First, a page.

The power of fear

I am thinking of teaching Carter about meditation. He has slid back into being the terrified 3 year old of our post 9/11 days. He doesn’t want to let me out of his sight. He has a baseball game tonight, one that I can’t attend because I am helping to facilitate a bereavement group. He doesn’t want to go to the game if I can’t be there. He is quite simply terrified that when I leave his sight, I will die. How can I comfort him? I can’t promise him that I won’t die, because he will say “but daddy wasn’t supposed to die and he went out one day and didn’t come home.” He’s right. I have no guarantees. And so as I read Eckhart Tolle and meditate online with Jon Kabat-Zinn, I realize that I need to teach my son that his thoughts are separate from his mind, his self, his soul. How, I wonder, do you put that into words that an 8 year old will grasp?

Fear is a powerful force. They have taken over Carter’s life and therefore the lives of Olivia and I. I know that in acknowledging them, we give these fears their power, and yet they invade our lives daily. “Tell them to go away,” I practically beg him. “I can’t! I just want to die!” is Carter’s typical response. And so I find myself looking for meditation CDs for kids, in hopes that perhaps I can teach Carter how to regain control of his own mind, and see that his thoughts are separate from who he is. Its a concept that even I struggle to grasp, but I can see the benefits of quieting the mind during those times when my brain is teeming with intrusive thoughts. Teaching Carter to meditate will be an experiment, one which I hope will quiet his mind, and mine.

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  1. Expert Advisory May 9, 2008 at 5:07 pm

    Thank you for this entry you made awhile ago. I experienced the loss of my sweetheart, through suicide, and it feels as though who I used to be went away, and it is a year and a half later and I can’t seem to recover the old energetic go-go-go me. It feels like something changed in me at a chemical level. I get to redefine who I thought I was.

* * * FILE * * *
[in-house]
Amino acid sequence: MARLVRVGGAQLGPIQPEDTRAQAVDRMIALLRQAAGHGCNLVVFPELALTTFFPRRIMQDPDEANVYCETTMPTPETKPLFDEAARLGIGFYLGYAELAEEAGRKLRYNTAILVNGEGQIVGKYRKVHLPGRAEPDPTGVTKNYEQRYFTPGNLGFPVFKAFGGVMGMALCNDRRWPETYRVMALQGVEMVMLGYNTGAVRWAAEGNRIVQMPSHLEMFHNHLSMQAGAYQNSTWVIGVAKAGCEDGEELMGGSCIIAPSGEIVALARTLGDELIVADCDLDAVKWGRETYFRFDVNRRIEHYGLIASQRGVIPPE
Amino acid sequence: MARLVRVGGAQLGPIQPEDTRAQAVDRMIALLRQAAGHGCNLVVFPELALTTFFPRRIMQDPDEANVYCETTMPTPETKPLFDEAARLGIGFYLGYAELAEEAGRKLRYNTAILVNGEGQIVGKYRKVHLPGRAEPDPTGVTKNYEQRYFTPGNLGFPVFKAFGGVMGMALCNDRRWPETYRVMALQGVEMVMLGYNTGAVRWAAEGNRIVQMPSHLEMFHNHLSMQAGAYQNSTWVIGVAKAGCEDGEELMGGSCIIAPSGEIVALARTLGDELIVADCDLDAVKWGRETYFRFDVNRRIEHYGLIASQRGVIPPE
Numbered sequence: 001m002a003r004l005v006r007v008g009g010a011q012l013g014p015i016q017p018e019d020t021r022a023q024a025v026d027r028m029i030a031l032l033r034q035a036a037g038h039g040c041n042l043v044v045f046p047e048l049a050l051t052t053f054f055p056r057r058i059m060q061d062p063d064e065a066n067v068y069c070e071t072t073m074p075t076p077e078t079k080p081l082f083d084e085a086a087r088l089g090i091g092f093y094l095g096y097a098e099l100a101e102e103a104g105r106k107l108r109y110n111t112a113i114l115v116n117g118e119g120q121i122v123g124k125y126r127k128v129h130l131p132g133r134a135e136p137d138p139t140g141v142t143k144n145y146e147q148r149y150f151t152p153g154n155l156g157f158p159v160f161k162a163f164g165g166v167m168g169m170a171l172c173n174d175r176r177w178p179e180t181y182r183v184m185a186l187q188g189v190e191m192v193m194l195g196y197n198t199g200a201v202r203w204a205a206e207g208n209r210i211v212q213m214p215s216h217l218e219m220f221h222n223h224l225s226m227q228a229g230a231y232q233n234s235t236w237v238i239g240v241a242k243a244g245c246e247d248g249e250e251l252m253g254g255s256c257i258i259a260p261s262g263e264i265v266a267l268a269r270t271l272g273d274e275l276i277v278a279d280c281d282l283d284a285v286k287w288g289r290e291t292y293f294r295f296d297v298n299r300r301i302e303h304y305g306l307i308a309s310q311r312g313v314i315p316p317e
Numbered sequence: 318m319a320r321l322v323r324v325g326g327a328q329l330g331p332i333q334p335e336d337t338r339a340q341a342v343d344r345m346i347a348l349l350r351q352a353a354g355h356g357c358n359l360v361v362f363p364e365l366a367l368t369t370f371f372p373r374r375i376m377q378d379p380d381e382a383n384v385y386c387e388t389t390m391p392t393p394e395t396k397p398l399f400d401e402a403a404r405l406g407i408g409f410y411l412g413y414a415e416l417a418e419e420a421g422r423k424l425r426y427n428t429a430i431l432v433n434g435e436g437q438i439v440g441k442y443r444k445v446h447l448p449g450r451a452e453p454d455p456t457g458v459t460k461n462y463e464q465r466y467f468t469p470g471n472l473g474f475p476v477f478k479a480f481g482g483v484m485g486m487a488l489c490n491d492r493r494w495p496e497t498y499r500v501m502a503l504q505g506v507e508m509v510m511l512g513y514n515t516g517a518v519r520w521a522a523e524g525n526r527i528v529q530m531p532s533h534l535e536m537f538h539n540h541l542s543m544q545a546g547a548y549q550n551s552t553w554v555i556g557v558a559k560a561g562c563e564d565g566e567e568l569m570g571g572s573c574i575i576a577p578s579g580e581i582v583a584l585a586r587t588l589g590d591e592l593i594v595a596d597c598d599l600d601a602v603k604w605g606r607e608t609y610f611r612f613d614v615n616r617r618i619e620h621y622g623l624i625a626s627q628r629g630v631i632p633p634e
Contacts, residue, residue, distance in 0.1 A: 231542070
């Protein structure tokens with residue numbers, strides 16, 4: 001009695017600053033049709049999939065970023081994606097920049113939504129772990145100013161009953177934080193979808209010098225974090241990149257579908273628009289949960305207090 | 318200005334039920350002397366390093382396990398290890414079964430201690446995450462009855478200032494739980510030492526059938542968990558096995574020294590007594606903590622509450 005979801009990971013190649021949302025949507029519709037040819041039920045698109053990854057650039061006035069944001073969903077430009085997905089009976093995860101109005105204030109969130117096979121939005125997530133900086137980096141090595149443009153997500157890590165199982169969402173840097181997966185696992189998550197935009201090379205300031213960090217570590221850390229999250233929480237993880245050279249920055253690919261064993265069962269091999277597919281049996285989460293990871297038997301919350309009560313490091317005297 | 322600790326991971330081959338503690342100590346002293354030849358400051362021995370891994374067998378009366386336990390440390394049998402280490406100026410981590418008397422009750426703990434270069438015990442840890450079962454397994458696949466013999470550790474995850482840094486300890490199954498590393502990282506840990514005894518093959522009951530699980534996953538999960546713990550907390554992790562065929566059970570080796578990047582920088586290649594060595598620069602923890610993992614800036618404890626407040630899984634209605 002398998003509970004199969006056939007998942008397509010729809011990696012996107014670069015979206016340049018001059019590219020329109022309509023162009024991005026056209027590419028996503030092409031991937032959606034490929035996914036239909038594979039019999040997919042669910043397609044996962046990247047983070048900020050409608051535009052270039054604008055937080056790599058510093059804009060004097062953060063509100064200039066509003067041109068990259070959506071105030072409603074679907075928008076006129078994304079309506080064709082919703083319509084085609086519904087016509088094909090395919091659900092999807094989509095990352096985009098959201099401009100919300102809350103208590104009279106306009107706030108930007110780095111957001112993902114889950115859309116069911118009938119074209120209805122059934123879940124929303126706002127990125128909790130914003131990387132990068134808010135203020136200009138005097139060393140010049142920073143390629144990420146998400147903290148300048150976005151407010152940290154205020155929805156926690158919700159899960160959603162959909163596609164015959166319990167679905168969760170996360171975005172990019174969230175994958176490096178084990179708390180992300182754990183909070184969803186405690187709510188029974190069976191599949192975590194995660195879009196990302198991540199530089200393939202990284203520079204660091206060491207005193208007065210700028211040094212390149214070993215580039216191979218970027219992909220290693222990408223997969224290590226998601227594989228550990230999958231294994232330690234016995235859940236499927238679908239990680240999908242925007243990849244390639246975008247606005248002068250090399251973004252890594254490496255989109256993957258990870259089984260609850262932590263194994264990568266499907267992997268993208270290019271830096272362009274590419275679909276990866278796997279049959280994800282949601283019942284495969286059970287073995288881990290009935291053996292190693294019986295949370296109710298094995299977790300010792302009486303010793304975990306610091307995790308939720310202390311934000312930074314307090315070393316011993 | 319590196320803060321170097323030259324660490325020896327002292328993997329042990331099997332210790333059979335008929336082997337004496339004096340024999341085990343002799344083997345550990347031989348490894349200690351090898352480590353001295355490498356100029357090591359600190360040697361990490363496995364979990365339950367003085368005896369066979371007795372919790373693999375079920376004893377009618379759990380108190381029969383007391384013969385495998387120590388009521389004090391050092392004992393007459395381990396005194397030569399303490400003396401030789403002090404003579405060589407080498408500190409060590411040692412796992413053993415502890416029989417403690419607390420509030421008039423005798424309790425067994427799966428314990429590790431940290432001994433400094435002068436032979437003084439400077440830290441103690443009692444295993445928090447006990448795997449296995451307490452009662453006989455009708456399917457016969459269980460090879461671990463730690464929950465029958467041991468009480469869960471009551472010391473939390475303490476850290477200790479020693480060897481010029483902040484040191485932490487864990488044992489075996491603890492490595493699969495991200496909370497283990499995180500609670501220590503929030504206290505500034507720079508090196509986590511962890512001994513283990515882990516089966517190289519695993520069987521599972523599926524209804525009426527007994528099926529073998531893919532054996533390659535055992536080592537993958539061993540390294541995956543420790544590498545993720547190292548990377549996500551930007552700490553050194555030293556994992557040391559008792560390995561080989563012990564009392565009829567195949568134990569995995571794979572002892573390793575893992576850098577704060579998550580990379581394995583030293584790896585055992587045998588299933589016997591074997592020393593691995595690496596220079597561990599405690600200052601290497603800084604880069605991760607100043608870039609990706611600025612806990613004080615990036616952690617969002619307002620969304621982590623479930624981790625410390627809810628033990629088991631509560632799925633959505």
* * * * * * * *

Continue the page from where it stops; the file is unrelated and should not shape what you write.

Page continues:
I have 3 children, two teenagers and one younger who goes to Valley, and I want to teach our family that feelings are fluid and that we don’t need to be defined by them, or afraid of them.
    I am looking forward to reading your book, and your blog.

  2. magickskeyes May 21, 2008 at 12:51 pm

    I have attempted to bring up my four year old in spiritual practices since we left my abusive marriage almost two years ago. Eckhart Tolle is a good start, i have found externalizing her emotions are successful in ways like “what would you name that thing that comes over you when you …” Further i have found spiritually based children’s books extremely helpful such as my all time favorite “The Little Soul and the Sun” a parable giving spiritual purpose to hardship and Wayne Dwyer’s childrens books geared to allowing them to connect with thier spiritual self. Madison is now an active participant in smudging ceremonies and the like and with her understanding it then becomes easy to adopt other practices such as meditation which we are just starting.
    Hopefully this helps, although i havent answered your question directly

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